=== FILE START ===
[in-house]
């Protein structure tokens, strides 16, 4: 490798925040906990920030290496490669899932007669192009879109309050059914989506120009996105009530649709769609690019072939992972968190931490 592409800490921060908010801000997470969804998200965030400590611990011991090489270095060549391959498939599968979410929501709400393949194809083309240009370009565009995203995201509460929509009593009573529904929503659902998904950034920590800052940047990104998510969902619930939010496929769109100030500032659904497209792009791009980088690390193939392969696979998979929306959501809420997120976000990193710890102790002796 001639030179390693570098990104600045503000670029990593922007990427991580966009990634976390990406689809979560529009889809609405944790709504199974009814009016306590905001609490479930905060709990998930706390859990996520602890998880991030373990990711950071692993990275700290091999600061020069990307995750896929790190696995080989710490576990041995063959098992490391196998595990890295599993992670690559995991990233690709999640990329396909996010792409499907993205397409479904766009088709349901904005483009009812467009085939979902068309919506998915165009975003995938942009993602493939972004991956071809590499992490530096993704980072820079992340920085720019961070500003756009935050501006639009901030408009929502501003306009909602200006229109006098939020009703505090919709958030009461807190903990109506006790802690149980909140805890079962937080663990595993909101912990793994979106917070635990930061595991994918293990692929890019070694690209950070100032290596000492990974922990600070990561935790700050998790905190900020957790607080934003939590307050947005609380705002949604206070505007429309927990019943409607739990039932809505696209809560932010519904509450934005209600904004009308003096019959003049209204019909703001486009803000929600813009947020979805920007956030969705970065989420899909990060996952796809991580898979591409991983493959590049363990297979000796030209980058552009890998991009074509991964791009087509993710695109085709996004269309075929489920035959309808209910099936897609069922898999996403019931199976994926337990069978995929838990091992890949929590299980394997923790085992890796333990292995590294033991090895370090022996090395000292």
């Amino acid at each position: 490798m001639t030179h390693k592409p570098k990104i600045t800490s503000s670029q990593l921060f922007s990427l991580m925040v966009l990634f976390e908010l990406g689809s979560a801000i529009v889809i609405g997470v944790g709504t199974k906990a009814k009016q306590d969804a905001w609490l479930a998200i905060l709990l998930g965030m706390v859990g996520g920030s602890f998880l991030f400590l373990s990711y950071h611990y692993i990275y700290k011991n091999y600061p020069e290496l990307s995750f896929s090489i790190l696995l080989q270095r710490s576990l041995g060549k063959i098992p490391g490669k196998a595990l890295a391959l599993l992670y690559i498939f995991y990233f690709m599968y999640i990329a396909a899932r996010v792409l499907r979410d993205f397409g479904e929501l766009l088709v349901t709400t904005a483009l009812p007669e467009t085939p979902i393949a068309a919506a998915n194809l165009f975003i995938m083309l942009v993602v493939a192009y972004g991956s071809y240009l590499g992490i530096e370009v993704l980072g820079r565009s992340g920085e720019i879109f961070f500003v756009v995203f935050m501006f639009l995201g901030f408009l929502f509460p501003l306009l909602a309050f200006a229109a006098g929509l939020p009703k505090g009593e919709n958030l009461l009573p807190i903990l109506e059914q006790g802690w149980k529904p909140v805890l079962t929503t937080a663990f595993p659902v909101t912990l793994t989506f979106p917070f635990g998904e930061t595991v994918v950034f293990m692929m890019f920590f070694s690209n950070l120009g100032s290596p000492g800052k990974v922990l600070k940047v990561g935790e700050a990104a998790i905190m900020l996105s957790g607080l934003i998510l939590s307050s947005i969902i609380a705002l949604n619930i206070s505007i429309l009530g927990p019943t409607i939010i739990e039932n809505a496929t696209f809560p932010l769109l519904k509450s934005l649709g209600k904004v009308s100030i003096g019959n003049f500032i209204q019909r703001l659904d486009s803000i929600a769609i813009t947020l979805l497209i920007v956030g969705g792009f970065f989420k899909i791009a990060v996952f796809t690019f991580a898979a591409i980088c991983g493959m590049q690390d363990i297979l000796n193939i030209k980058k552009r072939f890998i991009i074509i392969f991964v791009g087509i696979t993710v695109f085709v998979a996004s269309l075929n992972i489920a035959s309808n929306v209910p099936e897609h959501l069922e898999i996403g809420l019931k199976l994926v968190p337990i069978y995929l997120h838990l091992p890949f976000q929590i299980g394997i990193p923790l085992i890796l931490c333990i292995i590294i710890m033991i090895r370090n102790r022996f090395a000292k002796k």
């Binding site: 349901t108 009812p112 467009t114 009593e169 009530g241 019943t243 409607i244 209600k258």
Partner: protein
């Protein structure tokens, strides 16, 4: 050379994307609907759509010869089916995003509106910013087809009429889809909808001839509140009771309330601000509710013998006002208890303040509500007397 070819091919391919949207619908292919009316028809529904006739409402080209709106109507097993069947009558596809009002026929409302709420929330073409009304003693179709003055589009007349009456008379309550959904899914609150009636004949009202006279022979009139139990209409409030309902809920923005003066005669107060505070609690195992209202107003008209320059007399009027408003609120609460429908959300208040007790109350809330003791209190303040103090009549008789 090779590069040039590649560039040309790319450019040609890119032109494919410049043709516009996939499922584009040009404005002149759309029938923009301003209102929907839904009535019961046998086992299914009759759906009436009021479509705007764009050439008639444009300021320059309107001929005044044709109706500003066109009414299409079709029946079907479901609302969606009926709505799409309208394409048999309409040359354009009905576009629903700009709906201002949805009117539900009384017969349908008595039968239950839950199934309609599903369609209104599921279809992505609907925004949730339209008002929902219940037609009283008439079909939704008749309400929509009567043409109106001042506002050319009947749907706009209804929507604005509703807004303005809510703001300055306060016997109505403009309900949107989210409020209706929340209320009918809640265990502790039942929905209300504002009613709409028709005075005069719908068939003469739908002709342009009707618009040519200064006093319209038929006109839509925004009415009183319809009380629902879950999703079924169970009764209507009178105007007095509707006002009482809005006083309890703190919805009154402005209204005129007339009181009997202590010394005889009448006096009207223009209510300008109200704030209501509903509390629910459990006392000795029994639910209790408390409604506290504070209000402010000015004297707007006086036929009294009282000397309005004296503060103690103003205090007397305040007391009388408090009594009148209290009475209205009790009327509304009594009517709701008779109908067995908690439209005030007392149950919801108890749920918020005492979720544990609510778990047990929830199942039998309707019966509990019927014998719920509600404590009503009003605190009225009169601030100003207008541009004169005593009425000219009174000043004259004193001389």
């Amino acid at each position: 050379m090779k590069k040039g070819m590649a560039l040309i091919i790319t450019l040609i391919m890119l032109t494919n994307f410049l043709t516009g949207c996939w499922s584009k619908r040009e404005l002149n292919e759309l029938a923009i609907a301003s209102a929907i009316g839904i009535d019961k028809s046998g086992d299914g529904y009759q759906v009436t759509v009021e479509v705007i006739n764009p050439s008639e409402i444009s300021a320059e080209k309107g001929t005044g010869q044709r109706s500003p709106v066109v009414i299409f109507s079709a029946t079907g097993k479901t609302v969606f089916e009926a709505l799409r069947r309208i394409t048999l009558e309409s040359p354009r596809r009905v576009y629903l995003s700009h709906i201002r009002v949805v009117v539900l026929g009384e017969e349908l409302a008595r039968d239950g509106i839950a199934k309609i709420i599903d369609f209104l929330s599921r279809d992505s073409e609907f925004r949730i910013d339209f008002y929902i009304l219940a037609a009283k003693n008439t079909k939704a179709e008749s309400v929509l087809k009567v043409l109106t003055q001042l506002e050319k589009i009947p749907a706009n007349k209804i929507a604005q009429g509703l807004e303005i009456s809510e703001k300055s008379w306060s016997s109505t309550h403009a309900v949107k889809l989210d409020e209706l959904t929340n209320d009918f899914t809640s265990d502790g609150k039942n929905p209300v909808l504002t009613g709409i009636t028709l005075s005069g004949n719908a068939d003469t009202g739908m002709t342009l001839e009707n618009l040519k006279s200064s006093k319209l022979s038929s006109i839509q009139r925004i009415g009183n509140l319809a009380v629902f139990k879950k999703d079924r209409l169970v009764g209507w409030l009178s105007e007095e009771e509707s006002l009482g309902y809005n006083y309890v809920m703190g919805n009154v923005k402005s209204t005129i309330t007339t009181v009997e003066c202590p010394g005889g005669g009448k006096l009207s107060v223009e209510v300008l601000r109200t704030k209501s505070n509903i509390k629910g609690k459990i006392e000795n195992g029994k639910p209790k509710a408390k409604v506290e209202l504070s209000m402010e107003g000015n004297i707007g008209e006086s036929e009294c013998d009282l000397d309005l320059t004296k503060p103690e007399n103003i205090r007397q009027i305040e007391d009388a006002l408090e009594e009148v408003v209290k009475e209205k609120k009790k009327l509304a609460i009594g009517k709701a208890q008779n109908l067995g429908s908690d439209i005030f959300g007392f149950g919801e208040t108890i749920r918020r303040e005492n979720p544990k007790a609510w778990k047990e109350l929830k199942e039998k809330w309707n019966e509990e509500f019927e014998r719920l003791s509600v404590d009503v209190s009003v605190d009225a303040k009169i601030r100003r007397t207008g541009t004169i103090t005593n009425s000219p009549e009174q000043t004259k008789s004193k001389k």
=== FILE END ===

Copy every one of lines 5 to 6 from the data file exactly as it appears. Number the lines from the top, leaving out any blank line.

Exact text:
Partner: protein
């Protein structure tokens, strides 16, 4: 050379994307609907759509010869089916995003509106910013087809009429889809909808001839509140009771309330601000509710013998006002208890303040509500007397 070819091919391919949207619908292919009316028809529904006739409402080209709106109507097993069947009558596809009002026929409302709420929330073409009304003693179709003055589009007349009456008379309550959904899914609150009636004949009202006279022979009139139990209409409030309902809920923005003066005669107060505070609690195992209202107003008209320059007399009027408003609120609460429908959300208040007790109350809330003791209190303040103090009549008789 090779590069040039590649560039040309790319450019040609890119032109494919410049043709516009996939499922584009040009404005002149759309029938923009301003209102929907839904009535019961046998086992299914009759759906009436009021479509705007764009050439008639444009300021320059309107001929005044044709109706500003066109009414299409079709029946079907479901609302969606009926709505799409309208394409048999309409040359354009009905576009629903700009709906201002949805009117539900009384017969349908008595039968239950839950199934309609599903369609209104599921279809992505609907925004949730339209008002929902219940037609009283008439079909939704008749309400929509009567043409109106001042506002050319009947749907706009209804929507604005509703807004303005809510703001300055306060016997109505403009309900949107989210409020209706929340209320009918809640265990502790039942929905209300504002009613709409028709005075005069719908068939003469739908002709342009009707618009040519200064006093319209038929006109839509925004009415009183319809009380629902879950999703079924169970009764209507009178105007007095509707006002009482809005006083309890703190919805009154402005209204005129007339009181009997202590010394005889009448006096009207223009209510300008109200704030209501509903509390629910459990006392000795029994639910209790408390409604506290504070209000402010000015004297707007006086036929009294009282000397309005004296503060103690103003205090007397305040007391009388408090009594009148209290009475209205009790009327509304009594009517709701008779109908067995908690439209005030007392149950919801108890749920918020005492979720544990609510778990047990929830199942039998309707019966509990019927014998719920509600404590009503009003605190009225009169601030100003207008541009004169005593009425000219009174000043004259004193001389």